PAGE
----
Should The Toronto Blue Jays Extend Jose Bautista? Yes, and Here's Why

Bruce JonesContributor IIFebruary 3, 2011

TORONTO, ON - SEPTEMBER 22: Jose Bautista #19 of the Toronto Blue Jays gets a hit during a game against the Seattle Mariners on September 22, 2010 in Toronto, Canada.  (Photo by Matthew Manor/Getty Images)
Matthew Manor/Getty Images

Alex Anthopoulos had stated pretty clearly in multiple radio interviews that he's perfectly happy to go to arbitration with Jose Bautista.

But I believe that extension time is now, and with the newfound cash following the Vernon Wells trade (although I don't think it all needs to be spent at once), the opportunity has presented itself for the Blue Jays to follow through on extending the MLB home run king. 

I propose a 4 year, $45 million contract.

Brady Anderson has easily been the most referenced player in connection with Jose Bautista. Yet Brady wasn't exactly terrible following his 50 homer season, regardless of public opinion and the lack of any eye-popping stats in following seasons.

Sure, he never hit for plus-plus power after 1996, but just look at the OPS's of the four seasons after his big year: .862, .776, .881, .796. Not too bad, eh? And certainly worth $10 million in today's crazy baseball economy. 

Fangraphs (and others) estimates one WAR to be worth between $4 and $5 million dollars (we'll use 4.5), and combining Anderson's WAR from the four seasons following 1996 (total of 11.5), he's worth $51.75 mil over that four year stretch.

Still think giving Jose Bautista a shiny new contract is too risky?

Anderson is seen as the sterling example of what terrible thing could happen to Jose Bautista in 2011, a frightening historical precedent that can't be ignored. But clearly, even if Bautista does fall off an Anderson-like cliff after signing my proposed four year $45 million dollar deal, it would still be worth it. And then some.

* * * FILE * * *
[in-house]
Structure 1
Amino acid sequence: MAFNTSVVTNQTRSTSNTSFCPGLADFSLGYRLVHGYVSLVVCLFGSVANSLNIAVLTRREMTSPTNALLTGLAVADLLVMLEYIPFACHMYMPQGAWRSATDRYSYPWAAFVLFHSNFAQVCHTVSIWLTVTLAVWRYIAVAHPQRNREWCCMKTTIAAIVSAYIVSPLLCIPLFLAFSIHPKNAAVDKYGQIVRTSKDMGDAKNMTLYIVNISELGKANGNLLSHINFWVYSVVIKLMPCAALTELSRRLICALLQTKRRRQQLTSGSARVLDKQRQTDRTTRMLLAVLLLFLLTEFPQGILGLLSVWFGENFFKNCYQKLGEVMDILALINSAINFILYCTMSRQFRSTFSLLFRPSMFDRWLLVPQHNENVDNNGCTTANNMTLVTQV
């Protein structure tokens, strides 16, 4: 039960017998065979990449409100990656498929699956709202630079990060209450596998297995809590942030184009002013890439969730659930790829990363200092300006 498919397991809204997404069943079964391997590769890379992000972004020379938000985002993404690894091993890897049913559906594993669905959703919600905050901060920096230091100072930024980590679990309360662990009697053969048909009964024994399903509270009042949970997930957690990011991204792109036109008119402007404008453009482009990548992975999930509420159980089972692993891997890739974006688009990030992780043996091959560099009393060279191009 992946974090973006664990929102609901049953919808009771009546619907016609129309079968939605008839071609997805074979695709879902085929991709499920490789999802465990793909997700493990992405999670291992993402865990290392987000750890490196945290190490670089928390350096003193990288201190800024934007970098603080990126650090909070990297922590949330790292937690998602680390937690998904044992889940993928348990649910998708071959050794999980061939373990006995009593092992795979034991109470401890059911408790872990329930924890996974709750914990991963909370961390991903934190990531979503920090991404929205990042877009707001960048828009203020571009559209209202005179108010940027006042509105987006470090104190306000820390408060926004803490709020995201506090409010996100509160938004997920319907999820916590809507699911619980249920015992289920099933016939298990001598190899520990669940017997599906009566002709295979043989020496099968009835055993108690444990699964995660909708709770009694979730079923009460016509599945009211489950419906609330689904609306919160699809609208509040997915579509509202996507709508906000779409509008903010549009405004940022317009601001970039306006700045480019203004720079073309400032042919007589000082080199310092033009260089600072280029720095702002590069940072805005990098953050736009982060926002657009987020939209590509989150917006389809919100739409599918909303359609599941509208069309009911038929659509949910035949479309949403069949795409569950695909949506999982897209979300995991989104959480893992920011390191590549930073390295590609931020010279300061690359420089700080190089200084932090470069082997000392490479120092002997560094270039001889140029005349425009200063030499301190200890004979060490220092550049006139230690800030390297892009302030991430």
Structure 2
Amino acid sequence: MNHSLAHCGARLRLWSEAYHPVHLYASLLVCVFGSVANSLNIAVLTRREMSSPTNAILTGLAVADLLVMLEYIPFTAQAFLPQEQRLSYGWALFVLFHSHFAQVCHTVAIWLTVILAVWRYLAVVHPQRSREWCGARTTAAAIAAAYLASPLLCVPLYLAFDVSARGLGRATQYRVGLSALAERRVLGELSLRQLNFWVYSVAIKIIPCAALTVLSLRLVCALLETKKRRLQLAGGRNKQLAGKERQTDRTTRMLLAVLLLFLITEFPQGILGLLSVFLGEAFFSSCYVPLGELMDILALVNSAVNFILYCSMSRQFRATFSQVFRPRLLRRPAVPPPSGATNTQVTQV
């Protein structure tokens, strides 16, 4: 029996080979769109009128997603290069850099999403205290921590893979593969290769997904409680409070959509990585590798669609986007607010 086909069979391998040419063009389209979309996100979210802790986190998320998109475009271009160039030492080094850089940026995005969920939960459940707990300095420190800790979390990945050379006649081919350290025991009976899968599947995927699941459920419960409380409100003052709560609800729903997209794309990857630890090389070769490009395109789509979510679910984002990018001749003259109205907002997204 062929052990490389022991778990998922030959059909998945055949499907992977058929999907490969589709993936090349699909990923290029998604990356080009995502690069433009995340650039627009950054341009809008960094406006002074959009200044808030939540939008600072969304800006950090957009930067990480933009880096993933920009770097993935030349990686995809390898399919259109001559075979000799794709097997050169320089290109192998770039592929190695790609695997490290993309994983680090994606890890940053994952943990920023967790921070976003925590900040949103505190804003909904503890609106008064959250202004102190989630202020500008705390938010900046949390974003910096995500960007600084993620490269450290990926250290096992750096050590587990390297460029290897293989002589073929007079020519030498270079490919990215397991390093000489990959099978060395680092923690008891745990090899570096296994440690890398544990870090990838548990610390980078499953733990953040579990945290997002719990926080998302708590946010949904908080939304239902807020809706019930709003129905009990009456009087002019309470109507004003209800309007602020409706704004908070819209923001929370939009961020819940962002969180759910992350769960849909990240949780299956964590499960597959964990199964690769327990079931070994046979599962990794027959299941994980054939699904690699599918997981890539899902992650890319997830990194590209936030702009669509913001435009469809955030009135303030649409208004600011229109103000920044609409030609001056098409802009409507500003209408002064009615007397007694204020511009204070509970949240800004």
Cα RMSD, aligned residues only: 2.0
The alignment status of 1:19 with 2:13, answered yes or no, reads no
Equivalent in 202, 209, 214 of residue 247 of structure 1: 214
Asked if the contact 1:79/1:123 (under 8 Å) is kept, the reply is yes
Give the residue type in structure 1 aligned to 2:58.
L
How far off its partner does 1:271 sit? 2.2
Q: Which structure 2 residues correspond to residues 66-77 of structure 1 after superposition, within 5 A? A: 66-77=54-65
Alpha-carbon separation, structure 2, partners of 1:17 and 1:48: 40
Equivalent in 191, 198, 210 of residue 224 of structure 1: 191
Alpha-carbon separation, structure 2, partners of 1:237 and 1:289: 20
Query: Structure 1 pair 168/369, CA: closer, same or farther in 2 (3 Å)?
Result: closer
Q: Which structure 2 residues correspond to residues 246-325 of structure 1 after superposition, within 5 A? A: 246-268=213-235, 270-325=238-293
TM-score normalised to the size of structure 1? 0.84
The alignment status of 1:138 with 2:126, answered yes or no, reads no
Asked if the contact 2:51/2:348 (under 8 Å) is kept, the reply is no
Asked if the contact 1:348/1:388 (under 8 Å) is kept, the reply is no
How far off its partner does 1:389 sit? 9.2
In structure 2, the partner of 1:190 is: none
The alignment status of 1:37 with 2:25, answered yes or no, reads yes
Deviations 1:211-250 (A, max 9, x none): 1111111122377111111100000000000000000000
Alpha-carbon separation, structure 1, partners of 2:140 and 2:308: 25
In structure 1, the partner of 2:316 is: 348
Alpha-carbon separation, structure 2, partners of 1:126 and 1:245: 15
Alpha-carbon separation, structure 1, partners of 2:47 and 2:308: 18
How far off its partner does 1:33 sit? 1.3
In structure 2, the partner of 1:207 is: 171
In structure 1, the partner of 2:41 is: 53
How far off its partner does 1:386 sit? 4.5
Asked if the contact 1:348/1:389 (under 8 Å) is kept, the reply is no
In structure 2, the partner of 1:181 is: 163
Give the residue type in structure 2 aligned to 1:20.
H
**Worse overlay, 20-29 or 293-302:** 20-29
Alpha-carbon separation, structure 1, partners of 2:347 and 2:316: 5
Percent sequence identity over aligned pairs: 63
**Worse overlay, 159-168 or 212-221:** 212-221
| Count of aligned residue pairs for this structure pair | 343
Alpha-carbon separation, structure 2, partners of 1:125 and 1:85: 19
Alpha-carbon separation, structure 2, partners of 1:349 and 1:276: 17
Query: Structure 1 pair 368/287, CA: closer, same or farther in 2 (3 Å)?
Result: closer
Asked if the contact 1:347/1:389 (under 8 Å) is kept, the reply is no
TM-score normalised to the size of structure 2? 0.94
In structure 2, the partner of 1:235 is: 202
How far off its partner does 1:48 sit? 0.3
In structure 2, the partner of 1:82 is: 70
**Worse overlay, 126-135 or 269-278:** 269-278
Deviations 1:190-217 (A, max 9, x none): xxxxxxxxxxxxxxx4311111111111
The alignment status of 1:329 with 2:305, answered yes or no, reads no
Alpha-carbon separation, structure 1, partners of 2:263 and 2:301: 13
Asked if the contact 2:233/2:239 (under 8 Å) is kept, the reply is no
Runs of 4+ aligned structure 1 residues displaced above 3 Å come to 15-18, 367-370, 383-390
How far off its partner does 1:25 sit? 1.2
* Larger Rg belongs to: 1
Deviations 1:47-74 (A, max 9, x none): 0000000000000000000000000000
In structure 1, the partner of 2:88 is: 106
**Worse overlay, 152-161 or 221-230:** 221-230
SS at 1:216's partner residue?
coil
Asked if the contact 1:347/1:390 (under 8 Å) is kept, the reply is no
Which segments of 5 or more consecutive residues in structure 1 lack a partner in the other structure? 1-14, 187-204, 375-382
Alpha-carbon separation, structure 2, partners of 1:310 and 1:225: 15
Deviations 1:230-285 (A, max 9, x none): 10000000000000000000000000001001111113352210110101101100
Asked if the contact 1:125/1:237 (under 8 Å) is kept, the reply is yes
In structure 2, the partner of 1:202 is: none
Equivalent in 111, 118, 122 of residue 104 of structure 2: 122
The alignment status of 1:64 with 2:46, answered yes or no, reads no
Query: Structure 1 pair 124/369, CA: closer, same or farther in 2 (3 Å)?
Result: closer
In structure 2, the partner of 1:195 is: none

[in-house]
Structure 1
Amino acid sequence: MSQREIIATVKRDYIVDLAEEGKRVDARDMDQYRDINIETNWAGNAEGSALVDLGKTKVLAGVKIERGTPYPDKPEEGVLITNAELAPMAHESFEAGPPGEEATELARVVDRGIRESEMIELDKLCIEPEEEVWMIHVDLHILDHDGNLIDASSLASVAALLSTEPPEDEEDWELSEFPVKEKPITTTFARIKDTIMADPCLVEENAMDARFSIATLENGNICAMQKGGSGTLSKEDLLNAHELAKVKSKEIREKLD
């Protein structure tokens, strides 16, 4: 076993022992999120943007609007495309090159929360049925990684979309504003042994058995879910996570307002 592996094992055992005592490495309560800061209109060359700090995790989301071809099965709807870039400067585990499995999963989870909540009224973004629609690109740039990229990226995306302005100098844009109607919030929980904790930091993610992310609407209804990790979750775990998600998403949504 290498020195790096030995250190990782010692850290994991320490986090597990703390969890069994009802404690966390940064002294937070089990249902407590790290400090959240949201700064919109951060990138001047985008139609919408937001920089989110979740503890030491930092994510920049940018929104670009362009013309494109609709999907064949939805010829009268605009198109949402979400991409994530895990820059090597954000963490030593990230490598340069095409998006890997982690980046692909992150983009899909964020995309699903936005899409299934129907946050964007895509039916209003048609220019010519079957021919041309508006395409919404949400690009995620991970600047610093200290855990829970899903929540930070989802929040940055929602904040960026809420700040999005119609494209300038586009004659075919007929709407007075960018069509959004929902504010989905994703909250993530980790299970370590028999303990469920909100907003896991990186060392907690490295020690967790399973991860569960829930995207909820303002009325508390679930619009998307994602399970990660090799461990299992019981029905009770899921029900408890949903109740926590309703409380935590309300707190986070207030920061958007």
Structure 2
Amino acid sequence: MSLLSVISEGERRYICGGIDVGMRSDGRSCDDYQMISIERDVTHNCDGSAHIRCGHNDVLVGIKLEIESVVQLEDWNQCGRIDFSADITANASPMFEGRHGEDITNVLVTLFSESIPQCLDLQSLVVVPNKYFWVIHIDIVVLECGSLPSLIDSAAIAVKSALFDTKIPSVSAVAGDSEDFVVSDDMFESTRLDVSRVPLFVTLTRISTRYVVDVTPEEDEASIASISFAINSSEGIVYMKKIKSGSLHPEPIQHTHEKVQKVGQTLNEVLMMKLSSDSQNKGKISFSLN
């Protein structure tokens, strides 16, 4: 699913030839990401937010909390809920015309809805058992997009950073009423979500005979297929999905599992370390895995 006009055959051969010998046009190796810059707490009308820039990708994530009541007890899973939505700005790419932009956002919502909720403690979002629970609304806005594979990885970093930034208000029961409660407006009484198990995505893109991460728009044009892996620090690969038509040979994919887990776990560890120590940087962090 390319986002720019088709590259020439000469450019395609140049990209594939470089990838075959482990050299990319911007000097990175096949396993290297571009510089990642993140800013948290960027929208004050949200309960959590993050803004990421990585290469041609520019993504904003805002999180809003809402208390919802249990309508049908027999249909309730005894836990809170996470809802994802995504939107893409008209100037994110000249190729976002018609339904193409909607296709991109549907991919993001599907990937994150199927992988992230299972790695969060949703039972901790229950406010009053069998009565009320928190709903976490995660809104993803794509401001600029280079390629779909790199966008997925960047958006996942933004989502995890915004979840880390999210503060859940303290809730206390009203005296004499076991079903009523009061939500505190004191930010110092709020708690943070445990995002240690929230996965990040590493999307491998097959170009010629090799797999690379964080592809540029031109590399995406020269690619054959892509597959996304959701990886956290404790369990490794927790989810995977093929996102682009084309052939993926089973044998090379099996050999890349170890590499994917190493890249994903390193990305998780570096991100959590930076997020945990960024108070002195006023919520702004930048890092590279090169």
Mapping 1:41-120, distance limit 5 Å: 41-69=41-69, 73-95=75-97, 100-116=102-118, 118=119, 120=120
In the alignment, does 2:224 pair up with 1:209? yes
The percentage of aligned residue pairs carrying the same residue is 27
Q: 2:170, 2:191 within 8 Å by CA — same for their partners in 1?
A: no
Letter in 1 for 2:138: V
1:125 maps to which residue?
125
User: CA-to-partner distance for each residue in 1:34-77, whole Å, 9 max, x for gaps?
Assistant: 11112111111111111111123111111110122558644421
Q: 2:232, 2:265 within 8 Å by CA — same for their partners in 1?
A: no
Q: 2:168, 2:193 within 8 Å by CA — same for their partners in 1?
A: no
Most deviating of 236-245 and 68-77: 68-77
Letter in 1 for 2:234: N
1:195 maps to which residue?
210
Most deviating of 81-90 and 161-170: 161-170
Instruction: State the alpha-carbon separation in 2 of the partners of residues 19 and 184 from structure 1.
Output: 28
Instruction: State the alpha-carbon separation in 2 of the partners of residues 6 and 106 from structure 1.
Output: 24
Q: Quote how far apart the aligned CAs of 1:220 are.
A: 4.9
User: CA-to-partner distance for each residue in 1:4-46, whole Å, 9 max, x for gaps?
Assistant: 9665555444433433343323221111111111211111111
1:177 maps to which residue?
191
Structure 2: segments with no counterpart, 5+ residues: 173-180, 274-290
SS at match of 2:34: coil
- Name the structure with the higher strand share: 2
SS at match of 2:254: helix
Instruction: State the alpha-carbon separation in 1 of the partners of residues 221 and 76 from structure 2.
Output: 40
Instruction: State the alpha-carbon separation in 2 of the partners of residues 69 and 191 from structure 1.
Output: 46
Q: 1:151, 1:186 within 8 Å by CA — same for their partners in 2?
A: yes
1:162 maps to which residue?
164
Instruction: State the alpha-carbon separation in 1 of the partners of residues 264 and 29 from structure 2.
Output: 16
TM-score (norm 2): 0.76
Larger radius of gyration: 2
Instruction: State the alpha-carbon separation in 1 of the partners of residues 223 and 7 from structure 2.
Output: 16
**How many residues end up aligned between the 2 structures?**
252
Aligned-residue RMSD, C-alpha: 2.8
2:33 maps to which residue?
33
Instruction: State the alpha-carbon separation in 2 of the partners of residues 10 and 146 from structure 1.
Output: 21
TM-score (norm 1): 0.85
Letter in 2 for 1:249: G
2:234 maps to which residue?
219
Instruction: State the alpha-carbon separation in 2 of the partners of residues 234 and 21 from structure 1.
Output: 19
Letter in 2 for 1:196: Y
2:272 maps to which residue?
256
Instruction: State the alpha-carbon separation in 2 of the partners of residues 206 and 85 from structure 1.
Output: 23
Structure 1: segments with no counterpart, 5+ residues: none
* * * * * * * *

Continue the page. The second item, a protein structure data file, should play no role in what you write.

On the opposite side of the spectrum of surprising 50 homer hitters is Cecil Fielder, who after toiling away in Toronto, got his chance with Detroit in 1990 to be an everyday hitter, and boy did he claim it, with 51 home runs and a .277/.377/.592 line.

Yes, he's nowhere near the same type of player as Bautista and the miracle season was under very different circumstances, but the main point remains the same: it was surprising, and people wondered if it was all a mirage.

It wasn't, and although never again did Fielder hit an OPS of .900 in a season or even reach 45 bombs, he did average 33.6 dingers over the next five years. These five seasons were worth 14 WAR according to Fangraphs, and therefore a value of $63MM. 

Now, this brings up a new argument: home runs aren't all what they're made out to be, as Anderson almost reaches Fielder's value plateau despite never again hitting 25 and a big shift in the court of public opinion.

But my point still stands, even in the worst-case scenario that fans are predicting for Bautista in 2011, he's still worth a big contract, as he has a long way to fall.

Please Alex Anthopoulos, pay Jose Bautista.